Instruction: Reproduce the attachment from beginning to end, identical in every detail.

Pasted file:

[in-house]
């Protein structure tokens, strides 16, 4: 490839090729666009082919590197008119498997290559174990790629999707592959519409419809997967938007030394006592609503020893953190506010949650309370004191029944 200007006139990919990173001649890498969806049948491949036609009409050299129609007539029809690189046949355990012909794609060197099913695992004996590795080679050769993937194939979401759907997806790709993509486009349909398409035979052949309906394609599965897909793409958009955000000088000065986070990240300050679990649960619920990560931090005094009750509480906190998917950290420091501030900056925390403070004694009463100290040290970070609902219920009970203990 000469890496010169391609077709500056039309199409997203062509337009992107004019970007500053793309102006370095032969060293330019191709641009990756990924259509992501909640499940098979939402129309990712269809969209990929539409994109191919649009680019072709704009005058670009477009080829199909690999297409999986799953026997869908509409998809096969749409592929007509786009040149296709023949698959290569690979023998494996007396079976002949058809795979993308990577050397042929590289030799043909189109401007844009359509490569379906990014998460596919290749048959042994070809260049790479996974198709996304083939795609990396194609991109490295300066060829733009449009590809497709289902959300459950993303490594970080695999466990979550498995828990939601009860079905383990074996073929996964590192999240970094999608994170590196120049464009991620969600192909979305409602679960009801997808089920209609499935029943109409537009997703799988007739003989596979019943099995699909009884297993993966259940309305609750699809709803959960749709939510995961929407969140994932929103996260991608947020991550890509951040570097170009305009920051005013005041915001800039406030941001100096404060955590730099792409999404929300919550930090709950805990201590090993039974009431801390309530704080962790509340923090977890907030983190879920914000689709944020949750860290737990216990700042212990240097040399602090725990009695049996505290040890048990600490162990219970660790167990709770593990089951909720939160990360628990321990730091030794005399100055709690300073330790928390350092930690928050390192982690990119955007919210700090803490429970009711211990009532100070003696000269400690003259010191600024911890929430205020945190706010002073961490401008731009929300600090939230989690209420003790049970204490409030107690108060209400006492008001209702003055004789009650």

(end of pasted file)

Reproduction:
[in-house]
């Protein structure tokens, strides 16, 4: 490839090729666009082919590197008119498997290559174990790629999707592959519409419809997967938007030394006592609503020893953190506010949650309370004191029944 200007006139990919990173001649890498969806049948491949036609009409050299129609007539029809690189046949355990012909794609060197099913695992004996590795080679050769993937194939979401759907997806790709993509486009349909398409035979052949309906394609599965897909793409958009955000000088000065986070990240300050679990649960619920990560931090005094009750509480906190998917950290420091501030900056925390403070004694009463100290040290970070609902219920009970203990 000469890496010169391609077709500056039309199409997203062509337009992107004019970007500053793309102006370095032969060293330019191709641009990756990924259509992501909640499940098979939402129309990712269809969209990929539409994109191919649009680019072709704009005058670009477009080829199909690999297409999986799953026997869908509409998809096969749409592929007509786009040149296709023949698959290569690979023998494996007396079976002949058809795979993308990577050397042929590289030799043909189109401007844009359509490569379906990014998460596919290749048959042994070809260049790479996974198709996304083939795609990396194609991109490295300066060829733009449009590809497709289902959300459950993303490594970080695999466990979550498995828990939601009860079905383990074996073929996964590192999240970094999608994170590196120049464009991620969600192909979305409602679960009801997808089920209609499935029943109409537009997703799988007739003989596979019943099995699909009884297993993966259940309305609750699809709803959960749709939510995961929407969140994932929103996260991608947020991550890509951040570097170009305009920051005013005041915001800039406030941001100096404060955590730099792409999404929300919550930090709950805990201590090993039974009431801390309530704080962790509340923090977890907030983190879920914000689709944020949750860290737990216990700042212990240097040399602090725990009695049996505290040890048990600490162990219970660790167990709770593990089951909720939160990360628990321990730091030794005399100055709690300073330790928390350092930690928050390192982690990119955007919210700090803490429970009711211990009532100070003696000269400690003259010191600024911890929430205020945190706010002073961490401008731009929300600090939230989690209420003790049970204490409030107690108060209400006492008001209702003055004789009650």